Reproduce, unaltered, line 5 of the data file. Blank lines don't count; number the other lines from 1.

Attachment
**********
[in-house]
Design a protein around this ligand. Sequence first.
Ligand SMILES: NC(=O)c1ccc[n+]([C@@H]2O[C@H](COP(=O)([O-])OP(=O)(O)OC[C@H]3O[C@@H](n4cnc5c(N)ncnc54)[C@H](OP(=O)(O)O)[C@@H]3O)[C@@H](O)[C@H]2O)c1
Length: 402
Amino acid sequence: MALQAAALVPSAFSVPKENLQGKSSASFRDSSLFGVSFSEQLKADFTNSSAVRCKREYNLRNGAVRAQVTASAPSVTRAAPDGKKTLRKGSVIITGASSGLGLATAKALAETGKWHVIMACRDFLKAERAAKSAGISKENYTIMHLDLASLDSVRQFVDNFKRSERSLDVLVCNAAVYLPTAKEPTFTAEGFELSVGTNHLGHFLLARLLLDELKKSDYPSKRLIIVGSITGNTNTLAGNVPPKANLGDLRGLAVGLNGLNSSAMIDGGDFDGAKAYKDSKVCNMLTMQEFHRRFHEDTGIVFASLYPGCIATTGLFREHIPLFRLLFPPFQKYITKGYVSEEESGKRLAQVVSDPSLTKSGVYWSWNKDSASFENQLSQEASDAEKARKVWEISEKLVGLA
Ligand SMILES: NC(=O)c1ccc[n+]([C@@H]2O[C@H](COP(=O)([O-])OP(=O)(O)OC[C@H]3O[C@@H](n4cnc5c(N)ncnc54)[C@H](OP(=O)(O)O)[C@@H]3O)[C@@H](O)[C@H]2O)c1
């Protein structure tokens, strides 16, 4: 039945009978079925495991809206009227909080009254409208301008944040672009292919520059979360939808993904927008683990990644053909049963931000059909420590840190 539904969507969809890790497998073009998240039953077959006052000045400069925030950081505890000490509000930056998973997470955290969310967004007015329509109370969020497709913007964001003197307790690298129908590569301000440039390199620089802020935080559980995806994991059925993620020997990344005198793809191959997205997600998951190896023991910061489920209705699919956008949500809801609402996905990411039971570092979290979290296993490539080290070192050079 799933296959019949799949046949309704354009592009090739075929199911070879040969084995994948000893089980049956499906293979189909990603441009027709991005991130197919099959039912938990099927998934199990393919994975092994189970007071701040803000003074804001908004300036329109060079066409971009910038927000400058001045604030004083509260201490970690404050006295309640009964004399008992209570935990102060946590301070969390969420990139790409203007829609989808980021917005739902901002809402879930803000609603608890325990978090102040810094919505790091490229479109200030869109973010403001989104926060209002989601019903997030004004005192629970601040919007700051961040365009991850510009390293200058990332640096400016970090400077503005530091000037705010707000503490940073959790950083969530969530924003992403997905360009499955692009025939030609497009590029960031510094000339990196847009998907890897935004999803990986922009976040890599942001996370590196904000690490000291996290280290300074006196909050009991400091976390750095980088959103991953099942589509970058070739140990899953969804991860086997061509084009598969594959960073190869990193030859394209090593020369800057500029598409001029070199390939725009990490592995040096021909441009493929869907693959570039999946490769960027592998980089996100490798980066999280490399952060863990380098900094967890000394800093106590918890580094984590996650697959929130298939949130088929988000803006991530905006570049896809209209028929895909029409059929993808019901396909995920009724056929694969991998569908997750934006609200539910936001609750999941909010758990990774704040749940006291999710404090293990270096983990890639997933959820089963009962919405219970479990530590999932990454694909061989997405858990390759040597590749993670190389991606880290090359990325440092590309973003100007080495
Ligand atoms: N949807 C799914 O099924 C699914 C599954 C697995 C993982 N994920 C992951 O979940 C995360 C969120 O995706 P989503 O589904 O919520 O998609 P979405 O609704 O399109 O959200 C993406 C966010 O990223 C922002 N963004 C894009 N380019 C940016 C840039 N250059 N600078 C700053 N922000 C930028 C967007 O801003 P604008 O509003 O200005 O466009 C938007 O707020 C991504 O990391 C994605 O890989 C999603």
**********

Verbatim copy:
Amino acid sequence: MALQAAALVPSAFSVPKENLQGKSSASFRDSSLFGVSFSEQLKADFTNSSAVRCKREYNLRNGAVRAQVTASAPSVTRAAPDGKKTLRKGSVIITGASSGLGLATAKALAETGKWHVIMACRDFLKAERAAKSAGISKENYTIMHLDLASLDSVRQFVDNFKRSERSLDVLVCNAAVYLPTAKEPTFTAEGFELSVGTNHLGHFLLARLLLDELKKSDYPSKRLIIVGSITGNTNTLAGNVPPKANLGDLRGLAVGLNGLNSSAMIDGGDFDGAKAYKDSKVCNMLTMQEFHRRFHEDTGIVFASLYPGCIATTGLFREHIPLFRLLFPPFQKYITKGYVSEEESGKRLAQVVSDPSLTKSGVYWSWNKDSASFENQLSQEASDAEKARKVWEISEKLVGLA